San Francisco Could Soon Require Paid Sick Leave for All Domestic Workers Within the City

In a groundbreaking and inclusive new labor law, nannies, house cleaners, gardeners and other domestic workers within San Francisco could soon qualify for and receive paid sick leave.

The Associated Press reported that “the city’s Board of Supervisors on Tuesday, Dec. 14,  unanimously passed the legislation, which the San Francisco Chronicle said is the first of its kind in the U.S.”

According to AP, “the measure would affect 10,000 people in the city who work in private homes cleaning, cooking, tending children, garden or providing non-medical care for seniors or disabled residents.”

Advocates who supported the bill’s passage said it would greatly improve the lives of many of the city’s lower-paid women and immigrants.

In a statement, city supervisor Myrna Melgar, who co-sponsored the measure with Supervisor Hillary Ronen, said, “I think these people have been taking care of people in San Francisco for a long time, and it’s about time that we care for them.”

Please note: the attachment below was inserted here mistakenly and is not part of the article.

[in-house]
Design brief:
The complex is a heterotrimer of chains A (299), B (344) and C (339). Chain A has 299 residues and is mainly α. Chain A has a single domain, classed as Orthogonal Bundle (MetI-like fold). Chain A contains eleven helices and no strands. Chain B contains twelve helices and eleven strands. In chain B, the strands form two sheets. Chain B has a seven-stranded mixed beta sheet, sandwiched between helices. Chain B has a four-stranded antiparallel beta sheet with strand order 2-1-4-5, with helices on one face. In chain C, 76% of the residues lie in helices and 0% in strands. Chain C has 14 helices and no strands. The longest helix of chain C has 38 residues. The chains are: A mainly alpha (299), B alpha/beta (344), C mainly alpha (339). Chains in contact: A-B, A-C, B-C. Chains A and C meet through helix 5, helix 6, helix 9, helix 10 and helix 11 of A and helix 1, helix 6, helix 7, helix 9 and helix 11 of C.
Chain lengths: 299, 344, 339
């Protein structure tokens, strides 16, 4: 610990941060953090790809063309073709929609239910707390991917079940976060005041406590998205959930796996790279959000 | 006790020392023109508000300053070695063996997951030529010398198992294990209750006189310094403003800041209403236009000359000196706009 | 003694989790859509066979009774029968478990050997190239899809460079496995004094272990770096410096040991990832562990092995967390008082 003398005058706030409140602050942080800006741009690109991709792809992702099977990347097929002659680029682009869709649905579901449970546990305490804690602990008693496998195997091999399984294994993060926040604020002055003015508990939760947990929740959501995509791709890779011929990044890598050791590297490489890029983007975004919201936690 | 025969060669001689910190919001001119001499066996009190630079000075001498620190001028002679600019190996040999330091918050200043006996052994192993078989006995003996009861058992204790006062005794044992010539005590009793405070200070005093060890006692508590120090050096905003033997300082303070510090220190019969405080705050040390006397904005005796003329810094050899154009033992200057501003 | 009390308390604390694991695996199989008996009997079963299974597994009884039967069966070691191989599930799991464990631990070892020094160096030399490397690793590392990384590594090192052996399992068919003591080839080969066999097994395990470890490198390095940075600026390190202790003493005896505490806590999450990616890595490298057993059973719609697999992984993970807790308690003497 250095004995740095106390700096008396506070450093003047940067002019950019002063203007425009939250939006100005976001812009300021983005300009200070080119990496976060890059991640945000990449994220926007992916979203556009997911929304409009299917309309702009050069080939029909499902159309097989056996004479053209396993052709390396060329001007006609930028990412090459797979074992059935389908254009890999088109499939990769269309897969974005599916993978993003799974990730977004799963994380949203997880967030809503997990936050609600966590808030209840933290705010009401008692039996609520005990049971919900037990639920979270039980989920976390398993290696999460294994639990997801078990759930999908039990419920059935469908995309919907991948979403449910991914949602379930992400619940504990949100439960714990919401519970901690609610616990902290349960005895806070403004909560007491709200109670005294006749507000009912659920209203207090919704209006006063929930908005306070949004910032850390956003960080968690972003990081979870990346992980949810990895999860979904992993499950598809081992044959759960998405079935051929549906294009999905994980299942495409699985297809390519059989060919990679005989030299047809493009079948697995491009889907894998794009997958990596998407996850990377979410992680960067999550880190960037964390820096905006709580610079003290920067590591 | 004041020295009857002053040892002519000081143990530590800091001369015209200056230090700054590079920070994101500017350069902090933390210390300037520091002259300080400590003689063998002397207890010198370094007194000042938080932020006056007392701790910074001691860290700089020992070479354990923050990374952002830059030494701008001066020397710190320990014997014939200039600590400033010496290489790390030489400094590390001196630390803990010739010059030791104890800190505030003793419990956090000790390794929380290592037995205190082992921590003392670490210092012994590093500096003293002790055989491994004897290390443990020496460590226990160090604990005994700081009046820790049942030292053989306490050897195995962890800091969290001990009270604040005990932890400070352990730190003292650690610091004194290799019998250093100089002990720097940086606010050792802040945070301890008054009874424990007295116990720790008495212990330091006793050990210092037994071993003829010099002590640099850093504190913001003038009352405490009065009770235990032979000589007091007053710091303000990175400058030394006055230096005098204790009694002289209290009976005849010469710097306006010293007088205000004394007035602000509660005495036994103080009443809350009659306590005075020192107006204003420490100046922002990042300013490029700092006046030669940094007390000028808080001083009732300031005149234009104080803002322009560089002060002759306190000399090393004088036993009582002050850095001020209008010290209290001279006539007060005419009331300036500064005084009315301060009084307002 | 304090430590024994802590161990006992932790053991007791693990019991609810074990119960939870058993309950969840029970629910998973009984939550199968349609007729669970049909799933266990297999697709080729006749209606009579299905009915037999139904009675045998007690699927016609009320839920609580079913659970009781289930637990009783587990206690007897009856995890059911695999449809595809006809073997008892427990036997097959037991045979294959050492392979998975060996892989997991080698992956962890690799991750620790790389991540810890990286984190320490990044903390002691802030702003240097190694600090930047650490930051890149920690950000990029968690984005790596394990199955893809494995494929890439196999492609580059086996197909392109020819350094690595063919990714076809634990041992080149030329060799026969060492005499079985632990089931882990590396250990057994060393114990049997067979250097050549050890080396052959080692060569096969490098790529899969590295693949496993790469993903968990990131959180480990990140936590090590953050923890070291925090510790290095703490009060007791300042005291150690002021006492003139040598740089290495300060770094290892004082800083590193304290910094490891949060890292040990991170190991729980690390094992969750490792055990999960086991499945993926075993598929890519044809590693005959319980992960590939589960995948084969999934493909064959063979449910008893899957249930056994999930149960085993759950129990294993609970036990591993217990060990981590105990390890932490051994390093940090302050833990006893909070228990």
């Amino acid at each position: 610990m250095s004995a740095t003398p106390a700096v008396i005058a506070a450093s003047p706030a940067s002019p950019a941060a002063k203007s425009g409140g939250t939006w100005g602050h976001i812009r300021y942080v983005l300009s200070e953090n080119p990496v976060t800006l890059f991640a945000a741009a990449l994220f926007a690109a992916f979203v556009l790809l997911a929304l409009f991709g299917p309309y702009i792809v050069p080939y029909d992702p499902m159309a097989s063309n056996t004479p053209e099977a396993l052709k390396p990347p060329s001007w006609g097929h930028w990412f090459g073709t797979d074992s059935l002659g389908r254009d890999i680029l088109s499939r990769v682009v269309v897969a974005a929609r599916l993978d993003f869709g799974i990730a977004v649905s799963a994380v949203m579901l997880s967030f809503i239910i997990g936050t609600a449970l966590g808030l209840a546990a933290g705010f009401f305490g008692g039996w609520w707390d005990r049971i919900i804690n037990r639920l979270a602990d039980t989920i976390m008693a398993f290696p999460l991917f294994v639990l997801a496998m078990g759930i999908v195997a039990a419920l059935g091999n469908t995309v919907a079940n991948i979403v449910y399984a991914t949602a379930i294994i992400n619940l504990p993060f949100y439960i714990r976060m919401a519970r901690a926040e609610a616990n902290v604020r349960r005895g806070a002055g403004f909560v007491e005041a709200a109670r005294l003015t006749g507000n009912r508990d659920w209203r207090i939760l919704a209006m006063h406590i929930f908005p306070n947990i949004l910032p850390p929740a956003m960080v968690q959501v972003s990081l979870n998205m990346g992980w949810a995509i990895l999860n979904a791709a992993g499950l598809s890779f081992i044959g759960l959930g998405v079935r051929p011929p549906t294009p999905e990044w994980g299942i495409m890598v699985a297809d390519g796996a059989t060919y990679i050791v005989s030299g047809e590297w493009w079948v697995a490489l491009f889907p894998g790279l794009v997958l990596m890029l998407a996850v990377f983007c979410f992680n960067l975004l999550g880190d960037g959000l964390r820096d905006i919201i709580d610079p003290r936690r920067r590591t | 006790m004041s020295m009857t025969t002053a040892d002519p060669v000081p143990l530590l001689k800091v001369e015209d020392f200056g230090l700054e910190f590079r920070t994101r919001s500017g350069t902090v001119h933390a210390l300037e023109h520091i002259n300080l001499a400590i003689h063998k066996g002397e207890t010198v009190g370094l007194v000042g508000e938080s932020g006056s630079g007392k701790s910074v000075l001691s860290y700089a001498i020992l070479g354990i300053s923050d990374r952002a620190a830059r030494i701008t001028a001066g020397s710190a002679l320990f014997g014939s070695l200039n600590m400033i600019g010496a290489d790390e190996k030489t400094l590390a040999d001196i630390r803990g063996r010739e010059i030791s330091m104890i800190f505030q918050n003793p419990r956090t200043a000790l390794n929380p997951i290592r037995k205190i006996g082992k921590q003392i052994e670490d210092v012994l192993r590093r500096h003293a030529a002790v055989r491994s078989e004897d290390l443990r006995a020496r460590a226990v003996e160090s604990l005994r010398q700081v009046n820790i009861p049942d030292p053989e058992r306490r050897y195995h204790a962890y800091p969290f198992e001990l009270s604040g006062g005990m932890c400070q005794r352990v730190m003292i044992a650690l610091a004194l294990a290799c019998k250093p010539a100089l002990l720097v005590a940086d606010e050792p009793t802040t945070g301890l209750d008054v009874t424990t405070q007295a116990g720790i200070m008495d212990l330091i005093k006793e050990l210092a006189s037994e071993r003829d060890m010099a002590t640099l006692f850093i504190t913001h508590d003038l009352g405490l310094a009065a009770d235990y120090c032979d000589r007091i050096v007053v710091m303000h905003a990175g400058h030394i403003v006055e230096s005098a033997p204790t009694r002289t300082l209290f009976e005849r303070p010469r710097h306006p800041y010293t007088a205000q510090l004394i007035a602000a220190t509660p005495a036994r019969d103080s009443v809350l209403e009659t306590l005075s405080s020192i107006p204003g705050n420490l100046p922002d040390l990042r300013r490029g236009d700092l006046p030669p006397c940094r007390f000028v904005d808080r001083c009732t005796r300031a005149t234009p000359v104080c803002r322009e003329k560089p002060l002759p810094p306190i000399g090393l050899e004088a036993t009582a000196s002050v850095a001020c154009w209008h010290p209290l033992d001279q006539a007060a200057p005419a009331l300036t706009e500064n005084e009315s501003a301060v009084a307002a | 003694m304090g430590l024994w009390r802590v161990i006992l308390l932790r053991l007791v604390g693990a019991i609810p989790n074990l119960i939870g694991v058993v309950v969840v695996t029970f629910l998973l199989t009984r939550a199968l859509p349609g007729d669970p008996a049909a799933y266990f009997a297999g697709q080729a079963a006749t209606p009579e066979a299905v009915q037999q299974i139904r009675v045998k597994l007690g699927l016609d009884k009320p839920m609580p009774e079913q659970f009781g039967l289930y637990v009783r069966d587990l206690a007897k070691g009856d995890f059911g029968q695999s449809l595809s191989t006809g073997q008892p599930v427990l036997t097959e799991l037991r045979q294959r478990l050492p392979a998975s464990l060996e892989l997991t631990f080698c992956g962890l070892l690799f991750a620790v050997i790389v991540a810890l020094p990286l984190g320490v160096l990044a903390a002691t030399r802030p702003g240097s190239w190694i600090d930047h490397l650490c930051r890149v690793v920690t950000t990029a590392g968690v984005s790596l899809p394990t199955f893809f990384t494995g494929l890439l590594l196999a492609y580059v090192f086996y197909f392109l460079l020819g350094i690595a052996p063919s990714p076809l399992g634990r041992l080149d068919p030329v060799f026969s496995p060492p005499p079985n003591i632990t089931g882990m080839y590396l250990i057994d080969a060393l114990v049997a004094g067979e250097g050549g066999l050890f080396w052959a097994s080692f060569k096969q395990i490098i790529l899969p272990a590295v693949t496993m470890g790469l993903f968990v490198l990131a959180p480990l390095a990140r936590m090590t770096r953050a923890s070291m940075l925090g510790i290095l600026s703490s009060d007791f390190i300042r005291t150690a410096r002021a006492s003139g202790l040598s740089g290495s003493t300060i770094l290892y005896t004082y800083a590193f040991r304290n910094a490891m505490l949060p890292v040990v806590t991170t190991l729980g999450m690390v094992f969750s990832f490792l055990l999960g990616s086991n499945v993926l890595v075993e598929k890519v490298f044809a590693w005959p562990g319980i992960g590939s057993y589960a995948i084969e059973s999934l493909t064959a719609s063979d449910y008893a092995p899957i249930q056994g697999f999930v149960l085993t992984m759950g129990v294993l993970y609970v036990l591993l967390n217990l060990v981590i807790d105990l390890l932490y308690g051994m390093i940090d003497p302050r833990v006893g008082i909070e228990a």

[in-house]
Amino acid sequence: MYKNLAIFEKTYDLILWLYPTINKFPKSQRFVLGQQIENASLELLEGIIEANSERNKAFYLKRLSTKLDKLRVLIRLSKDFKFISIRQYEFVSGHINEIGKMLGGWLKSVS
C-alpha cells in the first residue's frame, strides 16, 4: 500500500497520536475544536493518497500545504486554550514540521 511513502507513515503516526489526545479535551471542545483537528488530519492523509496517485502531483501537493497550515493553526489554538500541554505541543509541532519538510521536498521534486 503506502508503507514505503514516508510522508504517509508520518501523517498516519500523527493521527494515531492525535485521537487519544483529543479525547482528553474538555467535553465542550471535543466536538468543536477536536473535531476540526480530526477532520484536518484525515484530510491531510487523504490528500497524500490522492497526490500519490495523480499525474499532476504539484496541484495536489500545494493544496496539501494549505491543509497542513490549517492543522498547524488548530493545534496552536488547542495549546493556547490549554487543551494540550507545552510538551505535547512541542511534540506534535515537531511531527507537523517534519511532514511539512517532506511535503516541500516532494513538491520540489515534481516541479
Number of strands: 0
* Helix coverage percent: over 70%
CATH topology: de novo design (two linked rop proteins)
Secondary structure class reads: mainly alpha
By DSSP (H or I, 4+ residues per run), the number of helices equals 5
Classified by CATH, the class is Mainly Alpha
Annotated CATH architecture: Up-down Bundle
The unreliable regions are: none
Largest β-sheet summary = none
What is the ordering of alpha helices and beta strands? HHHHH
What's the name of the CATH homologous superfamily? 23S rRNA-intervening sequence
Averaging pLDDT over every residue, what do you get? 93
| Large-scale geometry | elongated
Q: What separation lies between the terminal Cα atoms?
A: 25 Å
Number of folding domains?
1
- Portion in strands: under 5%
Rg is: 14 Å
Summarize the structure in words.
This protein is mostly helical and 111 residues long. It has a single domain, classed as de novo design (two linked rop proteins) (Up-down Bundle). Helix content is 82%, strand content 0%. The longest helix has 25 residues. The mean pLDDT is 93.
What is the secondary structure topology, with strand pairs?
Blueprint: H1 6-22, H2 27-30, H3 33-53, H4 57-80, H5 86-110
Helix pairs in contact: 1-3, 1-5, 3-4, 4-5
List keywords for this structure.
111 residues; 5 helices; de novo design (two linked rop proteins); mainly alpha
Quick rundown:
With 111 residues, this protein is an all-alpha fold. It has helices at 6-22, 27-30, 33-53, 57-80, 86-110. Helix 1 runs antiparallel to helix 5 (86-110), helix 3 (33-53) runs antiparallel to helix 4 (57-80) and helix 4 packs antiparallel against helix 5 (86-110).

The newly passed measure would account for domestic workers employed by multiple households. Many believe this model for paid sick leave could also be applied to other gig workers across the country in the future.

According to AP, this “portable paid sick leave benefit” would allow workers to “earn slivers of paid sick leave from each employer and then consolidate them. An employer would pay one hour of wages into the sick-leave fund for every 30 hours of service from a domestic worker.”

Before becoming official city law, the measure will require a second vote by the supervisors. It will then need to be signed by San Francisco Mayor London Breed. From there, the city would need to hire a private company to operate the benefits program, a process that could take several months.

Speaking with the San Francisco Chronicle, Kimberly Alvarenga, executive director of the California Domestic Workers Coalition, said she was thrilled the measure had passed its initial vote. Alvarenga said she was hopeful it would become official city law, especially following the uncertainty many domestic workers had faced during the pandemic of “if they didn’t go to work, they didn’t get paid.”

“If they became ill with the virus or if a family member became ill with the virus, they had no choice,” Alvarenga said. “This ordinance will provide some equity, so when they become ill, they can take a day to take care of themselves, children or family members.”


Related: For more recent diversity and inclusion news, click here.


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